Theory of Change vs Logic Models: Which One Comes First?
In this complex world of program evaluation research, two approaches are critical and dependent on each other: the Theory of Change (ToC) and Logic Models. As tools of strategic planning and evaluation, both offer complementary frameworks for understanding interventions. However, their differences often lead to confusion, especially in deciding which to apply first. For evaluators who often find themselves in the crosshairs of this debate, this article delves deeper into the distinctions, applications, and intersections of both models, with an emphasis on short-term evaluation projects.
Understanding the Basics
Theory of Change (ToC): The Theory of Change is essentially a narrative or story, presenting a comprehensive depiction of problem identification to its intended or ultimate outcome. It draws a detailed picture right from the intervention's commencement to its eventual outcomes, highlighting the pathways and the underlying assumptions. The ToC can assume any shape, even going sideways and providing understanding about the broader context, interactions, and the process at play.
Logic Models: Logic Models are more schematic. As per the W.K. Kellogg Foundation (2004), Logic Models provide a simplified picture of a program activities, processes, and outcomes, showing the logical links among the resources that are invested, the activities that take place, and the benefits or changes that result. In essence, they encapsulate how inputs lead to processes, outputs, outcomes, and impacts.
Image of Theory of Change/Logic Model
Which Comes First? Understanding the Sequence
ToC and logic models are complementary in nature, though the strategic application of ToC and Logic Models depends significantly on the purpose and scope of study or project:
When embarking on a large or complex project, where a deep understanding of context, stakeholder dynamics, and the intricacy of an intervention is required, initiating with the Theory of Change is plausible. ToC aids in understanding the broader context and the various pathways of change. Following this, a Logic Model can be extrapolated to distill the line details. ToC is comprehensive, expounds the theory and clarifies the assumptions whereas logic model depicts a visual summary or a snapshot of the proposed theory.
When an existing programme or intervention requires needs narrow evaluation or is limited to few objectives, then starting with Logic Model is appropriate. Also, if the need is more towards its performance evaluation or feedback loops, then again starting with the Logic Model might be advantageous. Its bottom-to-top or left-right design offers clarity on perceived relationships among resources, activities, and outcomes. Given the constraints of time and resources in short-term projects, Logic Models aids in strategic decision-making. However, for a more complex or deep understanding of context, players, and assumptions, ToC provides richer insights, even if it demands background research or ground truth.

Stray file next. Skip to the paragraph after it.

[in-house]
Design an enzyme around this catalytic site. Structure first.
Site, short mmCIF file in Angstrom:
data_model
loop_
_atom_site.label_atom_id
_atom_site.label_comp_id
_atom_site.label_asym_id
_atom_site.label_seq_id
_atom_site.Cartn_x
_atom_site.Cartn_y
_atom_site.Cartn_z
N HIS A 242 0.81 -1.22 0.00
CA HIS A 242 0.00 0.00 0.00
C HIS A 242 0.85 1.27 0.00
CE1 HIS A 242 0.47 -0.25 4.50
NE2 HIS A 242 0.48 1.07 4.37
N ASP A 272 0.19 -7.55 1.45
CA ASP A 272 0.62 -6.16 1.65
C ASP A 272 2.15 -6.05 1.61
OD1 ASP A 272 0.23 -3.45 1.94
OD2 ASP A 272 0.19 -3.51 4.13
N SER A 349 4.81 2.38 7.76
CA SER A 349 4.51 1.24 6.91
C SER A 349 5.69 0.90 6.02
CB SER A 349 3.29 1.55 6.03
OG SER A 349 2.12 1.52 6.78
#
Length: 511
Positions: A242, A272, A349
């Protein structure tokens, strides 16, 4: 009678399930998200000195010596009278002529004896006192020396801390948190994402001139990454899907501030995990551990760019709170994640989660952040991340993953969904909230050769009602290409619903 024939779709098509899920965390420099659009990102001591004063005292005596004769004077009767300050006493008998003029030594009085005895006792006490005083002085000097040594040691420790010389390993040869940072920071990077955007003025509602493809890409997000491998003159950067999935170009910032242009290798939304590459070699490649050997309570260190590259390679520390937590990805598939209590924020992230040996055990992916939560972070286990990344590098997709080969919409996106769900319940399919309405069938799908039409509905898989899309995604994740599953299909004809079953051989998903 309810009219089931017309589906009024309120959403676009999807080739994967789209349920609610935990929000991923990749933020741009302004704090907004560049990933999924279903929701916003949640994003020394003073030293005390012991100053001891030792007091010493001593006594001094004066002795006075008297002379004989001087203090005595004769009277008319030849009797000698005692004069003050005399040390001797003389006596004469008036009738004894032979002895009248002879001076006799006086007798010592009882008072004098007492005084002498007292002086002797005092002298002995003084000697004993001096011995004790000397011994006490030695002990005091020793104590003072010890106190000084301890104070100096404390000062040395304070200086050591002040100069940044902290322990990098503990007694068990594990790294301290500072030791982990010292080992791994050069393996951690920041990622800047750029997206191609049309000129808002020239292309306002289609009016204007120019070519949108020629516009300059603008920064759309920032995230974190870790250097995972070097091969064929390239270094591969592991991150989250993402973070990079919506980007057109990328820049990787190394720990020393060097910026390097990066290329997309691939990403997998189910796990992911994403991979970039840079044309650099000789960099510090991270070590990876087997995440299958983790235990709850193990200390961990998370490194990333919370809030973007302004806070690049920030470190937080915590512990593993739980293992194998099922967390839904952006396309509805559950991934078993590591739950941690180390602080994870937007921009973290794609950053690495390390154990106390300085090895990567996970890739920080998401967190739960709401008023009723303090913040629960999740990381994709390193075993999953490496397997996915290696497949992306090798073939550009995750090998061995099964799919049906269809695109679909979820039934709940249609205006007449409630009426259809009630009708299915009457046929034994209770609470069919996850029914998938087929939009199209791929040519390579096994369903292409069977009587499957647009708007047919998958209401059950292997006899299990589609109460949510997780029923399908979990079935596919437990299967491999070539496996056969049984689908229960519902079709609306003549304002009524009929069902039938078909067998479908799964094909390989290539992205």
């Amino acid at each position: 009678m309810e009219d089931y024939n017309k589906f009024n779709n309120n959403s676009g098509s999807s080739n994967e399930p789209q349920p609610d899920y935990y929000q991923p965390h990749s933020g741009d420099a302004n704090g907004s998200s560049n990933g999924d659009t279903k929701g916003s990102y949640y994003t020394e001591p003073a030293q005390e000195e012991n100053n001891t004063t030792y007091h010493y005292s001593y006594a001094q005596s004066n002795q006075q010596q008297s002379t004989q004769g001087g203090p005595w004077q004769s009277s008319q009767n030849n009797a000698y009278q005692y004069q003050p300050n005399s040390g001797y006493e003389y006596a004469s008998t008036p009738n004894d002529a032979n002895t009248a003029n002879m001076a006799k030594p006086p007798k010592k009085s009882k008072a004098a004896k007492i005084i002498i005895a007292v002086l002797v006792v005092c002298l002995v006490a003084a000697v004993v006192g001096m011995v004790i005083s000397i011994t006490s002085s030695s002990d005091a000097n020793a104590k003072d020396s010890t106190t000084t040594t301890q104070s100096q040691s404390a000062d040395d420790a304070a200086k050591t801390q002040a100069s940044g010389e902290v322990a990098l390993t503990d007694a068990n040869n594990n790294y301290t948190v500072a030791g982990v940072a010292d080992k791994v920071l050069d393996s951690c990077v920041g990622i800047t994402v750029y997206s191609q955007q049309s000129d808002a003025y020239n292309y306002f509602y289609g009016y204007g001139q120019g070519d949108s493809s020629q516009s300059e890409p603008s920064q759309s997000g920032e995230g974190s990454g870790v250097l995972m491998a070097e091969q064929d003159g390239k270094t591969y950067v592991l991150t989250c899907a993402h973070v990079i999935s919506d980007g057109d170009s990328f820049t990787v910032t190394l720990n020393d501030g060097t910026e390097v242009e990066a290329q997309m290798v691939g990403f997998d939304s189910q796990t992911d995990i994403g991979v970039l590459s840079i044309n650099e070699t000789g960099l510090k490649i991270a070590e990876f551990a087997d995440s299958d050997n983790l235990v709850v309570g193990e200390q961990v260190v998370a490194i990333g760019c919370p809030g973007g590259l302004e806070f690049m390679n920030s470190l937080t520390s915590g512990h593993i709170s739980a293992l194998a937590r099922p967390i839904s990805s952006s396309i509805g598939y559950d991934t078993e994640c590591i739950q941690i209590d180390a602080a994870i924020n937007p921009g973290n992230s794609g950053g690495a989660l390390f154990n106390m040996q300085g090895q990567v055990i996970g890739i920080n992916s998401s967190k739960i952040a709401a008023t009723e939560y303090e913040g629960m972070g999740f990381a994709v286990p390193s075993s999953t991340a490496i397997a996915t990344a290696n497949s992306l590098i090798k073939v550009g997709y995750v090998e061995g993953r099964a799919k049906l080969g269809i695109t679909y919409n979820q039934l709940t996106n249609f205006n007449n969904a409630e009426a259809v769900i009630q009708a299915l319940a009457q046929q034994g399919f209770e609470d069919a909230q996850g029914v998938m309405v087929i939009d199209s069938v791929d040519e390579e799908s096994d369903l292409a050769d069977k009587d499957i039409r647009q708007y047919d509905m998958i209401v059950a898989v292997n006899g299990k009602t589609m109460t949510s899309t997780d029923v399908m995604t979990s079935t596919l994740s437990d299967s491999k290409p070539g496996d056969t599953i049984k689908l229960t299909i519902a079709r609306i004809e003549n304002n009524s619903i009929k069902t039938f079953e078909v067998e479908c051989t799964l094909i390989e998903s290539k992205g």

Both the Theory of Change and Logic Models stand as invaluable assets for evaluators, and both are applied in a complementary fashion. At times, evaluators or researchers develops the initial Logic Models and then followed by the development of theory of change narrative. In other instances, there is a need to identify ‘root causes’ and capture in-depth information. ToCs then becomes the core and more nuanced than Logic Models. As Breuer et al. (2016) noted, ToC helps in understanding uncertainties by using a backward mapping approach. On the other hand, Logic Models offer a linear way to indicate the linkage between inputs and outcomes.
Choosing between the two is a matter of relevance and applicability. As practitioners, our choices should hinge not just on project goals but also on the depth, breadth, and context we aim to explore and understand.
W.K. Kellogg Foundation, (2004). Logic model development guide. Battle Creek, MI.
Breuer, E., Lee, L., De Silva, M., & Lund, C., M. et al, (2016). Using theory of change to design and evaluate public health interventions: a systematic review. Implementation Science, 11(1), 63.